Features of Lung Ultrasound and Chest Radiology in Diagnosing of Pleural Effusion in Critical Care Patients: A Systematic Review

Document Type : Systematic Review


1 Department of Radiology, Qom University of Medical Sciences, Qom, Iran

2 School of Medicine, Yazd University of Medical Sciences, Yazd, Iran

3 Department of Radiology, Taleghani Hospital, Shahid Beheshti University of Medical Sciences, Tehran, Iran.



Introduction: Pleural effusion (PLEFF) is mainly caused by volume overload, heart failure, trauma, and pleuro-pulmonary infection, it is common in emergency and ICU patients. Although the function of ultrasonography in detecting PLEFF has long been noted, controversial results have been reported. This study aimed to review the literature on ultrasound and radiography in detecting PLEFF.
Methods: A search was done in Medline, ISI Web of Knowledge, EMBASE, and Scopus databases. Two reviewers independently searched, screened, and included the data and a third author resolved any conflict.
Results: The findings proved that as a screening tool, chest ultrasound has greater diagnostic accuracy in identifying multiple pleural effusions than radiography. Chest ultrasound enables clinicians visualize pleural effusions and also helps differentiate between various types. In addition, chest ultrasound is crucial for thoracentesis and thoracostomy drainage as it enhances safeness and reduces life-threatening complications. This is important not only when inserting a needle or tube drain, but also when monitoring the amount of her PLEFF deflated. In addition, chest ultrasound is often more specific and sensitive than chest radiography, helping to diagnose coexisting lung disease without X-ray exposure.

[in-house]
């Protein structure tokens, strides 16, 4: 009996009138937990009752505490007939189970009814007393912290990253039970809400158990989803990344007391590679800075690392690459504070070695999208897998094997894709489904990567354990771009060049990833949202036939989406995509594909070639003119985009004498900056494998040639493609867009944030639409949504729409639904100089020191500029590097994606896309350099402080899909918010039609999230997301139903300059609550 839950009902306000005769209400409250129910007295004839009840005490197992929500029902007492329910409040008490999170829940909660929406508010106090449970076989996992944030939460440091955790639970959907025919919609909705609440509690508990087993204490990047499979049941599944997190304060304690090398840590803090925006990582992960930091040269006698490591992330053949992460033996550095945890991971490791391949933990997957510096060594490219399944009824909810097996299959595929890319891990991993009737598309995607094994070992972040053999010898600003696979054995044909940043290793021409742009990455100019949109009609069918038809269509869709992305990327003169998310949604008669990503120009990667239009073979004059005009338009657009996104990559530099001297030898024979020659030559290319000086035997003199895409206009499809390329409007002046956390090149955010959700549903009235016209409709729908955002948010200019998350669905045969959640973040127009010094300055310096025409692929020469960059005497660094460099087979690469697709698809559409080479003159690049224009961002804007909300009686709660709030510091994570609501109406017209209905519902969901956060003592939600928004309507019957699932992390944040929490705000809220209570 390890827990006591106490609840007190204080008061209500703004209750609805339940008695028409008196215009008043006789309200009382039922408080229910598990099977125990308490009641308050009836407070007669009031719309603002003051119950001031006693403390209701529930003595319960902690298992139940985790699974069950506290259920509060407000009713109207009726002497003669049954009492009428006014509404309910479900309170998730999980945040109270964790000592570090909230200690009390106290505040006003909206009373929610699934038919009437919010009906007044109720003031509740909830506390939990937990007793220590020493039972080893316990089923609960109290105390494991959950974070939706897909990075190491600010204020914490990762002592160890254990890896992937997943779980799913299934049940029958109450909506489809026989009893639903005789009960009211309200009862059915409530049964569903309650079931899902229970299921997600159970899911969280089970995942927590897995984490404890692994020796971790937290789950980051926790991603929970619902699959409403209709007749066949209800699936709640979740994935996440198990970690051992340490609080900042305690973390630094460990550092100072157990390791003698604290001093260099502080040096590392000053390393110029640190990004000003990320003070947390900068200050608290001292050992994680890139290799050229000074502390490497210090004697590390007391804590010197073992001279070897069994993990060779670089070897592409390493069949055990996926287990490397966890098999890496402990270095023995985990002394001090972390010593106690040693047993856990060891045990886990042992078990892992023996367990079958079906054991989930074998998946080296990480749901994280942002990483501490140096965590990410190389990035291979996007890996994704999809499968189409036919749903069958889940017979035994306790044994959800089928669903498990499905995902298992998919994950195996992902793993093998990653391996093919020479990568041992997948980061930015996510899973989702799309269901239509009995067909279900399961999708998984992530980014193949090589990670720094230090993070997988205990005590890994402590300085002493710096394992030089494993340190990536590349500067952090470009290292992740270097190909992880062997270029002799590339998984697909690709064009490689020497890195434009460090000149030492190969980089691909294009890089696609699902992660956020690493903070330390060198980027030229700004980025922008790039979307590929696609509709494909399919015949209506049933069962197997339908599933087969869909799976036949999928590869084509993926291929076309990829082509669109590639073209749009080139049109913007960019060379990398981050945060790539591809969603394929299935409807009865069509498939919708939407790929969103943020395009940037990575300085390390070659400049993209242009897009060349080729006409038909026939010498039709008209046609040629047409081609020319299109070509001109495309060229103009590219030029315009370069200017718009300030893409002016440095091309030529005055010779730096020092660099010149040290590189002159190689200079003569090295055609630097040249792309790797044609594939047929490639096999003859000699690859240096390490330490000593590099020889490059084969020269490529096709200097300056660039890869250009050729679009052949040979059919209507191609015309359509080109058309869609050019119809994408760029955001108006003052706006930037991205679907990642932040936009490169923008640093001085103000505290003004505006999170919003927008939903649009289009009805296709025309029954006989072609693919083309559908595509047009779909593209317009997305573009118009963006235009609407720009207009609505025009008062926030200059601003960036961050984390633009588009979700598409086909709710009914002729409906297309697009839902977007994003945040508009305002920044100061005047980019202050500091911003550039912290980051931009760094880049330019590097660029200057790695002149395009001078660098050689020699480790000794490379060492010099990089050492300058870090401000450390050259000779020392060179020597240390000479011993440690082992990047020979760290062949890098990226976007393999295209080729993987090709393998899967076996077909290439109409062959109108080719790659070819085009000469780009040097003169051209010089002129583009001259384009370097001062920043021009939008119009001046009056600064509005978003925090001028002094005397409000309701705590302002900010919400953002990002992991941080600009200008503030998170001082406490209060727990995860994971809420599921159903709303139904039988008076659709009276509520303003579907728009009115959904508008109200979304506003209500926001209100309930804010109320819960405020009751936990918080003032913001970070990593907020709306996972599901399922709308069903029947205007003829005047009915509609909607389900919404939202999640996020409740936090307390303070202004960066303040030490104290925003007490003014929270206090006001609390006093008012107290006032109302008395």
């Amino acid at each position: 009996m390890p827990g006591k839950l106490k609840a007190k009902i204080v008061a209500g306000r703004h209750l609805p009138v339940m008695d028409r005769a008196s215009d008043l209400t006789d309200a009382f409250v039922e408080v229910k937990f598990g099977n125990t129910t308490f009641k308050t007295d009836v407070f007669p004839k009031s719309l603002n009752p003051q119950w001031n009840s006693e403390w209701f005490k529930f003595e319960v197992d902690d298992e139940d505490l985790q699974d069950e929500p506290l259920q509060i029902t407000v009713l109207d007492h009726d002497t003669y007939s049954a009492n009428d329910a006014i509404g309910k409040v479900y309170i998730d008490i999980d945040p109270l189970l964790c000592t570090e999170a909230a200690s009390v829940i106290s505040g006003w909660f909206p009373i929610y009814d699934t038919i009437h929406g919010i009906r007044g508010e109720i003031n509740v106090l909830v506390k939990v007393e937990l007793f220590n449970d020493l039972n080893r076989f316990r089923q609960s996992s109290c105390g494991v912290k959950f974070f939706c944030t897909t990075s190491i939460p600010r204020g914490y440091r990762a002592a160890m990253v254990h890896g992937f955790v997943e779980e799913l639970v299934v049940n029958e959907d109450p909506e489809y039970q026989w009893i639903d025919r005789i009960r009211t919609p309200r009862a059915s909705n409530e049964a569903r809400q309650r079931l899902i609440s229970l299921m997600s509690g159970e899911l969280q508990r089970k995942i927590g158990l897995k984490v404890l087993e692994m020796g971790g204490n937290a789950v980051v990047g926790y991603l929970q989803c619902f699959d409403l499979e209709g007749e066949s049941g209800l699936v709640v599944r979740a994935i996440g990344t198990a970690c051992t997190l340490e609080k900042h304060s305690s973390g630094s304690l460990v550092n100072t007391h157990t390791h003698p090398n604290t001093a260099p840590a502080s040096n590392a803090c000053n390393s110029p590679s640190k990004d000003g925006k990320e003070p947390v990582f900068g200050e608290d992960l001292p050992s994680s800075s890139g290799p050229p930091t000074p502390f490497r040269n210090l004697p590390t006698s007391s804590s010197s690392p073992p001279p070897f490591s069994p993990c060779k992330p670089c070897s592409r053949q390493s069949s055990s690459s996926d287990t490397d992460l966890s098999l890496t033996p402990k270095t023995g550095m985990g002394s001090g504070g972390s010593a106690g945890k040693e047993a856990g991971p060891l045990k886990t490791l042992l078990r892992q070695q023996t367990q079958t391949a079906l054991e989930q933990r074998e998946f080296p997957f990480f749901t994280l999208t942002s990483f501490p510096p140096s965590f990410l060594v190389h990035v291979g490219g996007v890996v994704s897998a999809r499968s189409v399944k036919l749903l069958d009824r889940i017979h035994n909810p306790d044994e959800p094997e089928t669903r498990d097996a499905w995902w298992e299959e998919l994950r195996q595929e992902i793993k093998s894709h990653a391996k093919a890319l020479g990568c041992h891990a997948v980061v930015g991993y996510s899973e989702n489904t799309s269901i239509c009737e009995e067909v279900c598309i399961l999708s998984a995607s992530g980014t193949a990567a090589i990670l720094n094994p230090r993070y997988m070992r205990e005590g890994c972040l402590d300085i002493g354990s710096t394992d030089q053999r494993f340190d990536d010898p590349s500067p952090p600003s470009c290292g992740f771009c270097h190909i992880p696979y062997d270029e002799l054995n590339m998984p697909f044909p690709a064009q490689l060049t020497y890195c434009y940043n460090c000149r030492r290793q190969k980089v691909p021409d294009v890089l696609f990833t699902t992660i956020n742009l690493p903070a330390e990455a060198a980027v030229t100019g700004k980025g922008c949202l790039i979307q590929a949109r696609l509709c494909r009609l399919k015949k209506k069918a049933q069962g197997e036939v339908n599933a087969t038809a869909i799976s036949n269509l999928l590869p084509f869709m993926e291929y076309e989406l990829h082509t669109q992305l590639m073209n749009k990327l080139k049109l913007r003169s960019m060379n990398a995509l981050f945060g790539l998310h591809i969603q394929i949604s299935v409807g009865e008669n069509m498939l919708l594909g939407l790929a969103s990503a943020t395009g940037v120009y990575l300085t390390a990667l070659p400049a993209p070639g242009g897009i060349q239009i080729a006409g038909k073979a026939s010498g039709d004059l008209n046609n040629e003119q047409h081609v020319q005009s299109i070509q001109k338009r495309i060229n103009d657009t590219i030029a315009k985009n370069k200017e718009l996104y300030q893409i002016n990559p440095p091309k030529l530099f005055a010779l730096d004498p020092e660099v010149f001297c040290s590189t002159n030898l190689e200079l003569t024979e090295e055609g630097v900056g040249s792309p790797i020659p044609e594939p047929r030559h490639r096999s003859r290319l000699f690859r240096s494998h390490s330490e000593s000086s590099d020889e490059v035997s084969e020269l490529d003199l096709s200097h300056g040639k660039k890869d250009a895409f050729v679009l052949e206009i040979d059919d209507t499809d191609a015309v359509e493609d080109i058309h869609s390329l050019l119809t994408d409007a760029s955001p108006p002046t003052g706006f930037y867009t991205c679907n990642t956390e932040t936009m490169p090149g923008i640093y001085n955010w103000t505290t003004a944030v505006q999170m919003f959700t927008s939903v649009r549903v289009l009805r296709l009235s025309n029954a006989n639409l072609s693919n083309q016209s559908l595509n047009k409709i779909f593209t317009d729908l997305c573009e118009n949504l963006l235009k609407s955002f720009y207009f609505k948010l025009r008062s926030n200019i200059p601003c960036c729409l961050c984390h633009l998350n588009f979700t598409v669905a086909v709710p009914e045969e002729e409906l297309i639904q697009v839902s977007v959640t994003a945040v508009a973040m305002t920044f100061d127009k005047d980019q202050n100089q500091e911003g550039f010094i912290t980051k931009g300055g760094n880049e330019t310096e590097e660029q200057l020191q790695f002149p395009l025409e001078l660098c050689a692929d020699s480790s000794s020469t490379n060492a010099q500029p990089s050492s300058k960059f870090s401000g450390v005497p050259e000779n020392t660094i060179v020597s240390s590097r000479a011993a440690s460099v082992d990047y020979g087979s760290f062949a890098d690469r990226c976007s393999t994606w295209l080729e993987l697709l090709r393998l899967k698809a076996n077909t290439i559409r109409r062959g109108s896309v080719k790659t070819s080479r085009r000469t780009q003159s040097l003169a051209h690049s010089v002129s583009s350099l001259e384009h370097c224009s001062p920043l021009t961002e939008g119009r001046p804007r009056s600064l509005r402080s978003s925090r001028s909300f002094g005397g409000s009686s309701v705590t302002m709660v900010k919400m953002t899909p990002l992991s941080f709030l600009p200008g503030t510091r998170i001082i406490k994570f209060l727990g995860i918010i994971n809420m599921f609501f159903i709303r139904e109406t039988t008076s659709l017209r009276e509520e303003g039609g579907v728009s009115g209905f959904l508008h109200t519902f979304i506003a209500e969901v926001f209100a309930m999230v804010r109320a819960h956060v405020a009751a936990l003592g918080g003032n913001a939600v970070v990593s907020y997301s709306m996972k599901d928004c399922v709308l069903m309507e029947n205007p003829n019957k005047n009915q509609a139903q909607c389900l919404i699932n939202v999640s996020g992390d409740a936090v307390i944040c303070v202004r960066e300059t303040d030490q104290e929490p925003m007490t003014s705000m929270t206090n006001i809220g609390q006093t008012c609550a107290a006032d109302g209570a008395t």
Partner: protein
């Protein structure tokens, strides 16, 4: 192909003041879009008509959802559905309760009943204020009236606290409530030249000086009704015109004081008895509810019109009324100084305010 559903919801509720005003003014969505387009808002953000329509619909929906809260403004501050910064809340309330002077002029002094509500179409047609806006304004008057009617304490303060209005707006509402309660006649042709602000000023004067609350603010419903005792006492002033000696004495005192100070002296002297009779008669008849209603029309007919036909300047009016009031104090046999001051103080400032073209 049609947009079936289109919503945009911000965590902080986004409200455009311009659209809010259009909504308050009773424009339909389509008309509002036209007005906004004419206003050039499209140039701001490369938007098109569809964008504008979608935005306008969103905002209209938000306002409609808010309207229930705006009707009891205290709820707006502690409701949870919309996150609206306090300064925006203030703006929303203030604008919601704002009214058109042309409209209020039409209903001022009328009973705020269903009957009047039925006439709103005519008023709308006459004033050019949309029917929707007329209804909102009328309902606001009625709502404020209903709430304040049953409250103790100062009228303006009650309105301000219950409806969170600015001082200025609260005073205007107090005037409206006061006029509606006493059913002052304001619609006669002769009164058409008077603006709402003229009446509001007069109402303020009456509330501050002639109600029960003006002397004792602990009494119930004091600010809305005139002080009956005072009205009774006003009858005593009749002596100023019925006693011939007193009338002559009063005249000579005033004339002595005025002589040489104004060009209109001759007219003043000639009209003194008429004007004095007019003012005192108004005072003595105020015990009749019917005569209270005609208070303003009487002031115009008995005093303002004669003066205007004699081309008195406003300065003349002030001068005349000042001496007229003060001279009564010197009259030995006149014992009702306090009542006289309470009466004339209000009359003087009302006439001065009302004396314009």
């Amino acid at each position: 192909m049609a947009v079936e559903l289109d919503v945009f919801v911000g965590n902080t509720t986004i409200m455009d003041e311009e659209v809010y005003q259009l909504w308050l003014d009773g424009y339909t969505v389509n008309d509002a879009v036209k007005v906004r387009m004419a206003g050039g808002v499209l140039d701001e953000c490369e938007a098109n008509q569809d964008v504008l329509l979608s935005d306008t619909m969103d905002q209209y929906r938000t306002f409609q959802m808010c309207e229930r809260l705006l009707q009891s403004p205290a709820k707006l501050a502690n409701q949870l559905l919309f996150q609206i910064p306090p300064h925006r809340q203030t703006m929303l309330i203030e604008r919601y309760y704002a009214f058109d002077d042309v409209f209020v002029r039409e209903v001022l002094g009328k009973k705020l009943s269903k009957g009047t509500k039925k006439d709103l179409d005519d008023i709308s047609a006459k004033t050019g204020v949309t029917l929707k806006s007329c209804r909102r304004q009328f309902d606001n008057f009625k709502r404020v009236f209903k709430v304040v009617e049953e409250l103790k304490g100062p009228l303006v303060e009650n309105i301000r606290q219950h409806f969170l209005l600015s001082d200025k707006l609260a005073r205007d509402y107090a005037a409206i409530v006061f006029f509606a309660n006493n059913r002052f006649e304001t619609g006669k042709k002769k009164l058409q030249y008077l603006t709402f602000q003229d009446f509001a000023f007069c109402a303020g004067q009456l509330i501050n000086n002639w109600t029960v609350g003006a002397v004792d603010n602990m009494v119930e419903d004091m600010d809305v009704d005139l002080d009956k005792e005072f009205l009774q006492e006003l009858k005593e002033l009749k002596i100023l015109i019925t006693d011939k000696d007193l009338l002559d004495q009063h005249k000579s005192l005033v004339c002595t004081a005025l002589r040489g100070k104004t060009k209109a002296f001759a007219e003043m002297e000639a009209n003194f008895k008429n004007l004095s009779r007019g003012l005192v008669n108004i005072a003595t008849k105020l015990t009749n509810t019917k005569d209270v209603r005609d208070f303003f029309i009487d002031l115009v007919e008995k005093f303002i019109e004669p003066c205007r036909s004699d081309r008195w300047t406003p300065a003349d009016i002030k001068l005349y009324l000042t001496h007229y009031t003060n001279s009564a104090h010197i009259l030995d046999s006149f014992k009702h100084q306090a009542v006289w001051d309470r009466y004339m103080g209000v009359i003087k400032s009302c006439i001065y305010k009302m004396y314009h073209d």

Conclusion: Thoracic Ultrasound (TUS) is a simple, non-invasive, bedside procedure for diagnosing PLEFF with greater sensitivity and specificity than a chest X-ray. This is crucial for visualizing exudate and helps differentiate various forms of her PLEFF. More recently, ultrasound has been used to guide thoracentesis and insert chest tubes to raise the safeness of this invasive method, especially if an ICU patient is on a ventilator or has a small localized pleural effusion. Additionally, TUS can monitor the PLEFF drainage and determine when to extract the drainage.


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